An article recently published in BMC Medicine tackles the issue of spotting the difference between potential predatory and legitimate biomedical journals. It highlights the typical characteristics of predatory journals, such as broad scope, errors in grammar and spelling, no retraction policy for submissions, and little or no mention of copyright. (All 13 characteristics are outlined in Table 10 of the article.)

In addition to these, consider whether a journal is indexed in MEDLINE, Scopus, or other major databases and whether all fees are clearly disclosed. Authors should look at the journal and publisher critically. The library’s Author Toolkit guide provides some pointers.

If you have questions about the quality of a journal, librarians can help. Please contact the AskUs Desk at 402-559-6221 or askus@unmc.edu for assistance.

3D Printing in Medicine Seminar Series April 5 & 18

The UNMC Makers Club will host experts in 3D printing and project development to speak about their research. All are invited to join in the discussion!

Dr. Bin Duan, Internal Medicine
April 5, 2017, 12-12:50pm, MSC 2014

Dr. Jesse Cox, Pathology
April 18, 2017, 12-12:50pm, MSC 2010

Lunch is provided (first come, first served).

This seminar series is sponsored by UNMC Student Senate. Questions? Contact the Makers Club 3Dmakers@unmc.edu

Davis History of Medicine Lecture April 11

The ninth annual Richard B. Davis, M.D., Ph.D. History of Medicine Lecture will be held Tuesday, April 11, 2017, noon, in the Michael F. Sorrell Center, room 1005.

Margaret Humphreys, M.D., Ph.D., Josiah Charles Trent Professor of the History of Medicine, in the School of Medicine, Duke University, Durham, North Carolina and Past President, American Association for the History of Medicine will speak on the Marrow of Tragedy: Medicine in the American Civil War. The Civil War was the greatest health disaster the United States has ever experienced, killing more than a million Americans and leaving many others invalided or grieving. Poorly prepared to care for wounded and sick soldiers as the war began, Union and Confederate governments scrambled to provide doctoring and nursing, supplies, and shelter for those felled by warfare or disease.

A boxed lunch will be available at 11:30 a.m.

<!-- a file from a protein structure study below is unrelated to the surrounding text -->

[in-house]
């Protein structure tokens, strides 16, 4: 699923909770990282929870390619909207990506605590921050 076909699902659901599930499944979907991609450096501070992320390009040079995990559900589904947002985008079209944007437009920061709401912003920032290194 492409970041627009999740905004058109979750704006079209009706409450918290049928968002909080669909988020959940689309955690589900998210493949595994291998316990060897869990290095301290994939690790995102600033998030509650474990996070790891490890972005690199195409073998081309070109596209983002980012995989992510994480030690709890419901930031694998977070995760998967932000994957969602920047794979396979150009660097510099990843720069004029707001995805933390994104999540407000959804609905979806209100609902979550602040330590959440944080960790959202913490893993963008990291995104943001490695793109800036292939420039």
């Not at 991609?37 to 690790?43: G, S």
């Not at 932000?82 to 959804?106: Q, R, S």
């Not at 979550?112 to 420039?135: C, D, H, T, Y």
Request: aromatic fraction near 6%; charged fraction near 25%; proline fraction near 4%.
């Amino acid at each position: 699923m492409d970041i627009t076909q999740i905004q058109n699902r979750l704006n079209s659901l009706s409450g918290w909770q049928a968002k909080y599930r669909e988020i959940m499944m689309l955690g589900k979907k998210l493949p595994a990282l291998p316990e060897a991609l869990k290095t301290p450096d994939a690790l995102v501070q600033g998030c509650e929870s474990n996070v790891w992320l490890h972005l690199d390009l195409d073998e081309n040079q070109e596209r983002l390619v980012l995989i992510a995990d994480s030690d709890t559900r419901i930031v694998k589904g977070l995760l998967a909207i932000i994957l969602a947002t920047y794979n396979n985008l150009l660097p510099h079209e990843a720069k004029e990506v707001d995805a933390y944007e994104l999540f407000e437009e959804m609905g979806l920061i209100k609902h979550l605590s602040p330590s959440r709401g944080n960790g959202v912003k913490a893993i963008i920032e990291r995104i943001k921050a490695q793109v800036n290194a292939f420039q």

NLM Spotlight: Community Health Maps Blog

The Community Health Maps Blog provides information about affordable Geographic Information Systems (GIS) mapping tools for use in collecting and visualizing public health trends through maps and spatial data. The blog is geared towards community-based organizations engaged in collecting information about the health of their communities. Since many community organizations may not have the resources for expensive GIS software or a fulltime GIS specialist, the blog focuses on tools that are low cost or open source.

The blog posts feature reviews of mapping apps and software; best practices for using the tools during data collection, analysis, and visualization; and experiences of groups who have implemented a mapping workflow into their projects. The blog also includes lab exercises to take a user through the Community Health Mapping workflow with step-by-step instructions for each of the tools involved. The labs are currently being updated to reflect recent changes in some of the software, and the new labs will be available this spring.

You can visit the Community Health Maps Blog at https://communityhealthmaps.nlm.nih.gov/. The blog is a collaboration between the National Library of Medicine, Center for Public Service Communications and Bird’s Eye View.

Want to learn more about the Community Health Maps blog and resources? Attend an upcoming webinar!

NNLM Resource Picks: Community Health Mapping
Wednesday, May 10, 2017 | 2:00 pm CT
To register and for more information: https://nnlm.gov/class/community-health-mapping/278